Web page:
Sunday's matchup in Super Bowl XLVII between the Baltimore Ravens and San Francisco 49ers promises to be an intriguing contest, as each coaching staff probes for weaknesses in the opponent to exploit. This is a weekly occurrence in the National Football League, but with two evenly-matched teams on the biggest stage, the in-game coaching adjustments will be critical to the outcome.
A closer look at the Ravens and 49ers finds more similarities than differences. Starting on the defensive side of things, both franchises have swarming, aggressive squads intent on stopping the opponent's offense. The 49ers and Ravens both run a 3-4 defense. The 49ers have an imposing trio of linemen, highlighted by defensive tackle Justin Smith. Outside linebacker Aldon Smith (not related) led the team this season in quarterback sacks with 19.5. The man in the middle is linebacker Patrick Willis, with a tough secondary behind him to defend against an aerial assault.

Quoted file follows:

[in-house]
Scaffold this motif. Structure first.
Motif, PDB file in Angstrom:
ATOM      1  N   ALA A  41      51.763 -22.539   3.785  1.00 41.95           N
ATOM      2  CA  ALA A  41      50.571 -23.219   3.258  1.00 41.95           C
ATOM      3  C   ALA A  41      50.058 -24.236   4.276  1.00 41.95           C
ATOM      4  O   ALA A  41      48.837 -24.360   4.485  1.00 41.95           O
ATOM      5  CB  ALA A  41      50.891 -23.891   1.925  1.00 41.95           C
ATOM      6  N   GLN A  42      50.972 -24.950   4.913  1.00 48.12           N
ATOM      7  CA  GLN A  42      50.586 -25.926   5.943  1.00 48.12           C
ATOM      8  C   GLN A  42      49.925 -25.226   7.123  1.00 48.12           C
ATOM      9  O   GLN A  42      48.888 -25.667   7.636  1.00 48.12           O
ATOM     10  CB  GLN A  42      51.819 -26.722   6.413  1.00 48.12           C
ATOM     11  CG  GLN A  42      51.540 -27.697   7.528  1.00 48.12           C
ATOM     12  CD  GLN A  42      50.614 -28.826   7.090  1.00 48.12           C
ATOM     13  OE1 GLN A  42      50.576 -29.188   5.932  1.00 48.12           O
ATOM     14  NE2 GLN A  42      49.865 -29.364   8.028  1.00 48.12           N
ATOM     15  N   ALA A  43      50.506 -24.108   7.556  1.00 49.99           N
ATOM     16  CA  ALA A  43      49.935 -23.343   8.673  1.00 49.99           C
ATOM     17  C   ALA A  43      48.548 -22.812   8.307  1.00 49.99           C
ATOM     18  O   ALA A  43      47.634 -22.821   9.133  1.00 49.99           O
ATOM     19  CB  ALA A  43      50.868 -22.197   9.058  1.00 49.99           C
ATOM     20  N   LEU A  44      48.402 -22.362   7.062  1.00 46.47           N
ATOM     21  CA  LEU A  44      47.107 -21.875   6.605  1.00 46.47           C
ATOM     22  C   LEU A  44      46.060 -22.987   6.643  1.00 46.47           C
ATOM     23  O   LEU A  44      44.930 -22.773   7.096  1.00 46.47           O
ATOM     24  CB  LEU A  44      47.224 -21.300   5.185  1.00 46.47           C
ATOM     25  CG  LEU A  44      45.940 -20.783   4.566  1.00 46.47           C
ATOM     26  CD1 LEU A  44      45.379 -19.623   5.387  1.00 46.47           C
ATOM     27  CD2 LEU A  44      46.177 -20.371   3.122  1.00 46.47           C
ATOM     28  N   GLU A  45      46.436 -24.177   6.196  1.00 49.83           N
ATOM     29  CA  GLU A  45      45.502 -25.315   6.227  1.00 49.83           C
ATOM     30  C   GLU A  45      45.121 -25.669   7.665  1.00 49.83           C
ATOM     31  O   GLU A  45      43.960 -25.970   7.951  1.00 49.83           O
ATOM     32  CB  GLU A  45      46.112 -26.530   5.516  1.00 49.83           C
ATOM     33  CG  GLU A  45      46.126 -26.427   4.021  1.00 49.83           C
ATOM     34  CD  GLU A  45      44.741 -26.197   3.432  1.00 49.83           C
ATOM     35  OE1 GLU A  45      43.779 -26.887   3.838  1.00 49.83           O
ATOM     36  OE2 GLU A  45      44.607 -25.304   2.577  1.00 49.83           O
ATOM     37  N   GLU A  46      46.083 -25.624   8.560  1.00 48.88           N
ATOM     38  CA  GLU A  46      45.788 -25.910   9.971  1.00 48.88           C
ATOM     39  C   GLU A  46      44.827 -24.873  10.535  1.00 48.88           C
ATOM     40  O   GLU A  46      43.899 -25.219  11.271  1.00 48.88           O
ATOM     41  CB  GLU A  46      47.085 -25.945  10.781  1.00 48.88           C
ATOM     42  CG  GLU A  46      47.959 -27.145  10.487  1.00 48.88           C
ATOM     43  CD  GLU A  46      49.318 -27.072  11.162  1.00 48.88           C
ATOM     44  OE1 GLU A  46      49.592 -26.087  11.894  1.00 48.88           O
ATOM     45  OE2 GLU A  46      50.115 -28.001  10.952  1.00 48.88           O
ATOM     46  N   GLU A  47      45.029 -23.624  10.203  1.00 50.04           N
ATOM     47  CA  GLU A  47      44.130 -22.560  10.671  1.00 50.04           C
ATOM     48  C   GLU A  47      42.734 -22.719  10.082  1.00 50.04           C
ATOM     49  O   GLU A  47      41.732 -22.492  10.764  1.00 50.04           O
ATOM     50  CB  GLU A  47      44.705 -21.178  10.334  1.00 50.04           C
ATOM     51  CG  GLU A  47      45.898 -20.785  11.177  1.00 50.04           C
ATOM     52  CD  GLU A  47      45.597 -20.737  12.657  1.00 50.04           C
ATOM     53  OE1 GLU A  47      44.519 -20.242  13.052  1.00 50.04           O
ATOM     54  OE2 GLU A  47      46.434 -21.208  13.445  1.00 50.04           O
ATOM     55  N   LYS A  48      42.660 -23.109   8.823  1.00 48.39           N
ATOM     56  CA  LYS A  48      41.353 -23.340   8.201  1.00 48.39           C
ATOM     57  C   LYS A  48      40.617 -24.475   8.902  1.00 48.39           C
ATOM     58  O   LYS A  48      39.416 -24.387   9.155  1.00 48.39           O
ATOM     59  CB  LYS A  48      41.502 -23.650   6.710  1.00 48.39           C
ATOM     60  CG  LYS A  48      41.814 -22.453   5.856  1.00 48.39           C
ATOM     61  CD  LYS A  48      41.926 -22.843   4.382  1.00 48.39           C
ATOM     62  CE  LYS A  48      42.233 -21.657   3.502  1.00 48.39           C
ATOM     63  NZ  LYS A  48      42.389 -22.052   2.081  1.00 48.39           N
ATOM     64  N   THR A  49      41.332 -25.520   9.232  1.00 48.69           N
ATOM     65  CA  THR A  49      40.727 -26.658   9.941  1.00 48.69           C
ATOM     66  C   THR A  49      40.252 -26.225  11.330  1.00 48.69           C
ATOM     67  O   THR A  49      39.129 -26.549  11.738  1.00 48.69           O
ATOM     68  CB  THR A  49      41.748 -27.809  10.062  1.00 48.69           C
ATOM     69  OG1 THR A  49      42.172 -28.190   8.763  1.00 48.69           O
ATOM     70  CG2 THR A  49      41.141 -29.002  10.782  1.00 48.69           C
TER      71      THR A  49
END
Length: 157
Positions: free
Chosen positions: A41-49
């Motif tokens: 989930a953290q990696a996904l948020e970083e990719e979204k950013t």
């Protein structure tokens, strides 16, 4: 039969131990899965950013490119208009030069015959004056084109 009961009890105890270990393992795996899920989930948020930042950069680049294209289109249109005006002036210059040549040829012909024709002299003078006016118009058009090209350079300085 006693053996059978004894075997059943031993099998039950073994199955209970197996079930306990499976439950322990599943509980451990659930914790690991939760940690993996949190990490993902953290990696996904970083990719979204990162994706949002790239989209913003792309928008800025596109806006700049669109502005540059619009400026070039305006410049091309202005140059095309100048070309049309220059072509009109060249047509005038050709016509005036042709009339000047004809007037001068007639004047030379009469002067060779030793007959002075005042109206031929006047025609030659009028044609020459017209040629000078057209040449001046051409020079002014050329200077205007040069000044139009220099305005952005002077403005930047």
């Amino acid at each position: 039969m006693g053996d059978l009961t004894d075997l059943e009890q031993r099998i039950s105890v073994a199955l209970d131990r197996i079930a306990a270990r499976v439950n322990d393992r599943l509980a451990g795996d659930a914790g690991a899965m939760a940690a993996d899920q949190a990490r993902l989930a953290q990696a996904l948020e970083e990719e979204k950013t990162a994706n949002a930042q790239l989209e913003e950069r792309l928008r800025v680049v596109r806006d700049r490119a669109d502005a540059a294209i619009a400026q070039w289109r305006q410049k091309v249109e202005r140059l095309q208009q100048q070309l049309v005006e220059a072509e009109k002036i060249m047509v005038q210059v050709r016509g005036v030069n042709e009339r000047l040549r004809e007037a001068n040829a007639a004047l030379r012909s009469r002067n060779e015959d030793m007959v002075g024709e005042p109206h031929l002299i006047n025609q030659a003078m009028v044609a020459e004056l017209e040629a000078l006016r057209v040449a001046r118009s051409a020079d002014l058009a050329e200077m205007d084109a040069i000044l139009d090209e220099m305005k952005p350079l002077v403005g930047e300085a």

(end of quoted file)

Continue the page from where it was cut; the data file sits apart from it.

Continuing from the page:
The Niners defense ranked third in the NFL this season, Baltimore ranked 17th. But the Ravens' Ray Lewis brings inspiration and experience.
Baltimore's defensive prowess is well-documented, led by the 17-year veteran linebacker who is retiring after Sunday's game. Lewis follows in a long line of fierce NFL linebackers down through the years, including Sam Huff, Dick Butkus, Ray Nitschke, Jack Lambert, and Lawrence Taylor. On Wednesday, the University of Miami product talked about his final goal in football.